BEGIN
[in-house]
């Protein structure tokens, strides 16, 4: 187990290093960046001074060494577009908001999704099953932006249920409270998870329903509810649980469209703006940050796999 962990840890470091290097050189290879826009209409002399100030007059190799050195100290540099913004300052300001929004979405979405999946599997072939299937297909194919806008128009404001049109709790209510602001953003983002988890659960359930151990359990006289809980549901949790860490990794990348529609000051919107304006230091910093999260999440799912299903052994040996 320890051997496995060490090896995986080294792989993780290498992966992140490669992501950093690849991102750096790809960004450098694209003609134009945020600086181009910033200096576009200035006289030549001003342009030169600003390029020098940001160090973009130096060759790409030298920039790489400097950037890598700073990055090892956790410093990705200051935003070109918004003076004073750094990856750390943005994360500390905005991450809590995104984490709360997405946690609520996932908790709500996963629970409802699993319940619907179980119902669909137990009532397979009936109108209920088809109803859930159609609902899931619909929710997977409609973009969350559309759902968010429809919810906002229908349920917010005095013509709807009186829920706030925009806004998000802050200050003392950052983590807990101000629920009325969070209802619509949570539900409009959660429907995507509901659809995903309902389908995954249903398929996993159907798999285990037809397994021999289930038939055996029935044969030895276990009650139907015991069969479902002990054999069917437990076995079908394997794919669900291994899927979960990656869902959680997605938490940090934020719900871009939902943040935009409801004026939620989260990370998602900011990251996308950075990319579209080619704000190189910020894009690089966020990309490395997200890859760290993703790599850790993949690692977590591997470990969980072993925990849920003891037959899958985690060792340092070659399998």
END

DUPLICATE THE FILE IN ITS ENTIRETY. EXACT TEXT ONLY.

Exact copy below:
[in-house]
């Protein structure tokens, strides 16, 4: 187990290093960046001074060494577009908001999704099953932006249920409270998870329903509810649980469209703006940050796999 962990840890470091290097050189290879826009209409002399100030007059190799050195100290540099913004300052300001929004979405979405999946599997072939299937297909194919806008128009404001049109709790209510602001953003983002988890659960359930151990359990006289809980549901949790860490990794990348529609000051919107304006230091910093999260999440799912299903052994040996 320890051997496995060490090896995986080294792989993780290498992966992140490669992501950093690849991102750096790809960004450098694209003609134009945020600086181009910033200096576009200035006289030549001003342009030169600003390029020098940001160090973009130096060759790409030298920039790489400097950037890598700073990055090892956790410093990705200051935003070109918004003076004073750094990856750390943005994360500390905005991450809590995104984490709360997405946690609520996932908790709500996963629970409802699993319940619907179980119902669909137990009532397979009936109108209920088809109803859930159609609902899931619909929710997977409609973009969350559309759902968010429809919810906002229908349920917010005095013509709807009186829920706030925009806004998000802050200050003392950052983590807990101000629920009325969070209802619509949570539900409009959660429907995507509901659809995903309902389908995954249903398929996993159907798999285990037809397994021999289930038939055996029935044969030895276990009650139907015991069969479902002990054999069917437990076995079908394997794919669900291994899927979960990656869902959680997605938490940090934020719900871009939902943040935009409801004026939620989260990370998602900011990251996308950075990319579209080619704000190189910020894009690089966020990309490395997200890859760290993703790599850790993949690692977590591997470990969980072993925990849920003891037959899958985690060792340092070659399998």